Morning Report: Cameron sets about proving Steve Hilton right

January 14, 2013 9:34 am

morning_report.png

Yesterday Steve Hilton’s Stanford lecture revealed the omnishambolic nature of the Downing Street operation. This morning, David Cameron was on the Today Programme and Daybreak doing his to prove his barefoot guru right.

Seemingly Downing Street sent the PM out to do the morning media rounds to talk about pensions. However Cameron’s crack squad of advisers evidently forgot that Cameron hasn’t made his much trailed Europe speech yet – so obviously that was all Cameron was asked about. So Cameron ended up on the Today Programme getting monstered over a speech that he hasn’t given yet and that he can’t talk about. Another failure of the government’s media grid, one suspects.

Cameron did however commit to leaders debates in 2015 though – although he’s rather cagey about having them dominate the weeks before the election. I can’t for the life of me understand why…

Elsewhere this morning, Michael Gove is pushing ahead with plans for performance-related pay in schools, as his war on teachers continues, and the Mirror have reported approvingly on Ed Miliband’s plans for a crackdown on company tax avoidance. Meanwhile most of the papers have reported Ed Miliband’s comments on Ed Balls remaining as Shadow Chancellor – but as I noted earlier this morning, that’s unsurprising and sensible.

Bit of a quiet start to the week – don’t expect it to stay that way…

  • http://www.facebook.com/jim.crowder2 Jim Crowder

    Almost too partisan to comment, but it’s worth a shot.

    Are you suggesting that this was different under Labour? Or that the Tories are so much more competent than Labour that you would have expected it to be different now?

    I wasn’t at the lecture (I live in Devon and transport is not as good here as in London), but read the article in The Sunday Times. It certainly did not suggest any government incompetence by either party. It did suggest that the EU and Civil Service control more policy that a government does. Some will believe this to be wrong, others see it as a way of limiting the political power of an elected government they disagree with.

    I hope the answer is not to have political appointments in the Civil Service.

  • Brumanuensis

    “the Mirror have reported approvingly on Ed Miliband’s plans for a crackdown on company tax avoidance”

    That’s not exactly a surprise is it?

  • http://twitter.com/lavarae Rachel Walker

    Is Labour happy about the leaders debates if it ends up being two members of the coalition against one shadow? The Greens have a member of parliment, so should be invited. And while I’m no fan, UKIP would appear to have much right to appear as LibDems based on polling.

Latest

  • Comment Reaching new communities

    Reaching new communities

    This article is from Our Labour, Our Communities – a pamphlet of 10 essays by Labour PPCs, published by LabourList in partnership with Lisa Nandy MP. I am proud to be standing as the candidate for my hometown of Hastings & Rye, but I am equally proud to stand as a parliamentary candidate who is also half Chinese and half British. My mother is Chinese Malaysian and came to this country 41 years ago to be a nurse in Hastings and continues to […]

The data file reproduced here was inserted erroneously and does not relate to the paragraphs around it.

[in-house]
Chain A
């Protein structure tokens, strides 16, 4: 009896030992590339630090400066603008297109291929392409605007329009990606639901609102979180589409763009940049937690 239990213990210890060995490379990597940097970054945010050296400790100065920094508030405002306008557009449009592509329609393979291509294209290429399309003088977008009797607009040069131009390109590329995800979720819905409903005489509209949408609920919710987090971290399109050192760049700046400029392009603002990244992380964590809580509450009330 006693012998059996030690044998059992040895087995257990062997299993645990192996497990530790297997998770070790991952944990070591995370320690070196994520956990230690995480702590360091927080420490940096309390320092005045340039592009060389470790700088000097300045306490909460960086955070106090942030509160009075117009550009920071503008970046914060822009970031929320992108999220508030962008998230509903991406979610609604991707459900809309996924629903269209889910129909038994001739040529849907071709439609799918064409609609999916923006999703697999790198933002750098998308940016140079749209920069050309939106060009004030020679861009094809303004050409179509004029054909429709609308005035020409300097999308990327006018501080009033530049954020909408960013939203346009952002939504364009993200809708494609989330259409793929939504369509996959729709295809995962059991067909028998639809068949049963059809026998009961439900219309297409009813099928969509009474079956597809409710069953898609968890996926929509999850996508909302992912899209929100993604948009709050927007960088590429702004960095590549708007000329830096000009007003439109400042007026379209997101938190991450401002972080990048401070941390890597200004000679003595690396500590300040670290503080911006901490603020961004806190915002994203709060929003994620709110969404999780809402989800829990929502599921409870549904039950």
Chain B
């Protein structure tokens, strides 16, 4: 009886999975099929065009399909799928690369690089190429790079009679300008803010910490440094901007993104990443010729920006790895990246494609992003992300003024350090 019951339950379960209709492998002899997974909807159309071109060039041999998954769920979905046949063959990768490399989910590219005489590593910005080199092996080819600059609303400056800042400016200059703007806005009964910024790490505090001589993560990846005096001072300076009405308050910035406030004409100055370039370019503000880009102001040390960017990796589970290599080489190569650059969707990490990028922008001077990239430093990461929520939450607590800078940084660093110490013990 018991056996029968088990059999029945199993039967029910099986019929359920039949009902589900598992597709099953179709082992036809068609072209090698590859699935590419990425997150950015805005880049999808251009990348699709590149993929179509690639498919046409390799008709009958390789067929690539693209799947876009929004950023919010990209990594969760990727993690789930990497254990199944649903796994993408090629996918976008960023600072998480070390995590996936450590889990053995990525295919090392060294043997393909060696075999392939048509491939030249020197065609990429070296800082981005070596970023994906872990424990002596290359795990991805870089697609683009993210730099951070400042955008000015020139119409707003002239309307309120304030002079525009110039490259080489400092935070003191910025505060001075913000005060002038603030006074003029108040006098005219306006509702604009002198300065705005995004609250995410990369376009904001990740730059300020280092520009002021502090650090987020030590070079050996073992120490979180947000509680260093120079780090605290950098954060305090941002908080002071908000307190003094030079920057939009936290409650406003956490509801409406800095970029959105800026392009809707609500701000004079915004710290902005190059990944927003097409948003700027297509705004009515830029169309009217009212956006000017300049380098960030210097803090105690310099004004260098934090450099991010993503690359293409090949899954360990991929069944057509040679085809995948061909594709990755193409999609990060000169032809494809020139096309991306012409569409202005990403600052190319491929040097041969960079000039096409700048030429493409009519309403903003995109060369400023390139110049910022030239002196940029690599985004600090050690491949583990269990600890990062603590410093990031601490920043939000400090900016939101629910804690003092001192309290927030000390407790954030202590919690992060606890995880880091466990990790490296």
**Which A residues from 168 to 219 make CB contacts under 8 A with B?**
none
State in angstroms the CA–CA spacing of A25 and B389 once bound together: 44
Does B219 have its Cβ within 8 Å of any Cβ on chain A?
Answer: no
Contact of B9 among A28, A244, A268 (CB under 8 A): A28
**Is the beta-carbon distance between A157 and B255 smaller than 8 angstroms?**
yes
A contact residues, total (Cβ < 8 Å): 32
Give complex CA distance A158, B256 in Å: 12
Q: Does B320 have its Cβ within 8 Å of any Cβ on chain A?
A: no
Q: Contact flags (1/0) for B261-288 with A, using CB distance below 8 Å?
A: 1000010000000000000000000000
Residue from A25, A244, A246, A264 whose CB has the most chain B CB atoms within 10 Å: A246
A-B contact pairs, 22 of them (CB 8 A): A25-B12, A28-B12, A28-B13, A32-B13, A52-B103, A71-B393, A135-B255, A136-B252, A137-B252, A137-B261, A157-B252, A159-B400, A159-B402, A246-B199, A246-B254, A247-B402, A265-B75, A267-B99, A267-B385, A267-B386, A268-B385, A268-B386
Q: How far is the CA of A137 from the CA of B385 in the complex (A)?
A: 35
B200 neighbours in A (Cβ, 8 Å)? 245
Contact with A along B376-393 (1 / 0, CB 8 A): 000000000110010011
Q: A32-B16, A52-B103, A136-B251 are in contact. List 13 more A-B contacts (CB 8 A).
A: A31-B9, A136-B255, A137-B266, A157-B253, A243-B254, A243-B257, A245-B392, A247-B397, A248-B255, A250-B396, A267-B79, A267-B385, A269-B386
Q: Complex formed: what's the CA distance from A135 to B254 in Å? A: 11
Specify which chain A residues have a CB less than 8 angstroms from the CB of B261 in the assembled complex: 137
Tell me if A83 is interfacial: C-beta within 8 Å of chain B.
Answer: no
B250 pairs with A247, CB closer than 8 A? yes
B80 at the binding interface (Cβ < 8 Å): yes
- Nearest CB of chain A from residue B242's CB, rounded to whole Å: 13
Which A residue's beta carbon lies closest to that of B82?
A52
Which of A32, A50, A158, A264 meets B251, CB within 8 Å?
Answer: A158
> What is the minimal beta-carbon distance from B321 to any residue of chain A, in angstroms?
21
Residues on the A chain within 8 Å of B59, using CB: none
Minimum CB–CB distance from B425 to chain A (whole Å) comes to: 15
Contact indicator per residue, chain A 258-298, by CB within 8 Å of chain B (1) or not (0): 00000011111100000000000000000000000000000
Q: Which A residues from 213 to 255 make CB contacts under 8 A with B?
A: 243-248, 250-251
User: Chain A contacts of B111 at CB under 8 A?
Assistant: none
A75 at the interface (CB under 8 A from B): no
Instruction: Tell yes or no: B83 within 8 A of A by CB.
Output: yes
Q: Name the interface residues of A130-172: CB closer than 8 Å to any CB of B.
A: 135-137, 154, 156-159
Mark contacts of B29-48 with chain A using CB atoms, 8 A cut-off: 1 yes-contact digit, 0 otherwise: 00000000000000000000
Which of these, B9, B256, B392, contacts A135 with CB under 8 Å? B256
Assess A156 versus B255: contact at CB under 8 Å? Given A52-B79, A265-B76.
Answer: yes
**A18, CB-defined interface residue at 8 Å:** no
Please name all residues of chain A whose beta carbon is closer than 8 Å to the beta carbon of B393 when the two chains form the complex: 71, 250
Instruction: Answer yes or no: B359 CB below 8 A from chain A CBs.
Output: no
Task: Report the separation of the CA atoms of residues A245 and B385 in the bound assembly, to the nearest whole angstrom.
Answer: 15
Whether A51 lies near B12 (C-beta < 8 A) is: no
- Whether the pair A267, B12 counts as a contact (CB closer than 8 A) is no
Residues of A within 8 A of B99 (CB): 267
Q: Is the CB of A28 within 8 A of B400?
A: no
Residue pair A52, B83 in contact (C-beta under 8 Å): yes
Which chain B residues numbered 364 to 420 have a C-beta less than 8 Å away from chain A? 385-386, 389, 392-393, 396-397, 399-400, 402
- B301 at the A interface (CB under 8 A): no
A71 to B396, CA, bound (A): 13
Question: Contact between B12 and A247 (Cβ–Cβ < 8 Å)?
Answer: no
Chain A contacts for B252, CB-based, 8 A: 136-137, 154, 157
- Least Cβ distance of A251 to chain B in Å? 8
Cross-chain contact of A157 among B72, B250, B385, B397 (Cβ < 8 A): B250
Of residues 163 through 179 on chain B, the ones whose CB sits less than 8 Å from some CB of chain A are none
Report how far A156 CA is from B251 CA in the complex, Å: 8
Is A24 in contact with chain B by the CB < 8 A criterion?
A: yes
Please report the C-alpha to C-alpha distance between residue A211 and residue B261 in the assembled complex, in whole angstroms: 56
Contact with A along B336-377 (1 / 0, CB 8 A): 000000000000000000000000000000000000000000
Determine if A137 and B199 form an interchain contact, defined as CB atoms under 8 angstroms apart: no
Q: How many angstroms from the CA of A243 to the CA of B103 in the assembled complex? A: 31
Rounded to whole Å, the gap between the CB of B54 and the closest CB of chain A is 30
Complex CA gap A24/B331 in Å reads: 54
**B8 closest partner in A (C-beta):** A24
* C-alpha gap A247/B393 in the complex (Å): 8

Read more →
  • Comment Labour could lose out by not making it’s stance on Trident clear

    Labour could lose out by not making it’s stance on Trident clear

    Cutting Trident will be the price of support in a hung parliament. That’s the news reported from a meeting of the SNP, Plaid Cymru and Green leaders this week. With Labour’s slim lead and the SNP and Green vote threatening to impact on its share, this is a serious issue. Labour’s policy clearly states, ‘Labour has said that we are committed to a minimum, credible independent nuclear deterrent, delivered through a Continuous At-Sea Deterrent. It would require a clear body […]

    Read more →
  • Comment Featured Is Cameron “frit” of TV debates? Let’s try the empty chair threat

    Is Cameron “frit” of TV debates? Let’s try the empty chair threat

    Lord Ashcroft has told him he shouldn’t have done it in 2010. Lynton Crosby has told him not to do it in 2015. It’s no surprise that David Cameron is trying to wriggle out of televised leader debates during the General Election – even though he has said he is willing to take part “in principle”. Time perhaps to dust off one of Margaret Thatcher’s favourite barbs “He’s frit.” Neil Kinnock tried it in 1992 to try to goad John Major into […]

    Read more →
  • Comment Flexibility makes for good work, strong families and thriving communities

    Flexibility makes for good work, strong families and thriving communities

    By Stephen Timms MP and Ian Murray MP The Christmas period reminds us that modern life can be busy, hurried and demanding. The pressures of work, demands of family life and hectic Christmas schedules can prove stretching as we juggle competing demands. Increasingly the need for flexible work is driven by the complex shape of people’s lives; as parents go to work, struggle to make ends meet, perform career roles, take their children to school and activities and try and carve […]

    Read more →
  • News Labour MP questions campaigning roles of publicly funded advisers

    Labour MP questions campaigning roles of publicly funded advisers

    As the start of the long campaign begins today, curbing the amount of money parties can spend between now and May 7th, Labour MP Jon Ashworth has sought to clarify what precautions are being taken to ensure publicly-funded government advisers are not using their time campaigning. Ashworth has sent a letter to senior civil servant Jeremy Heywood, asking him to answer a number of questions about what kind of campaigning activity was permitted and undertaken by special advisers (SpAds) in […]

    Read more →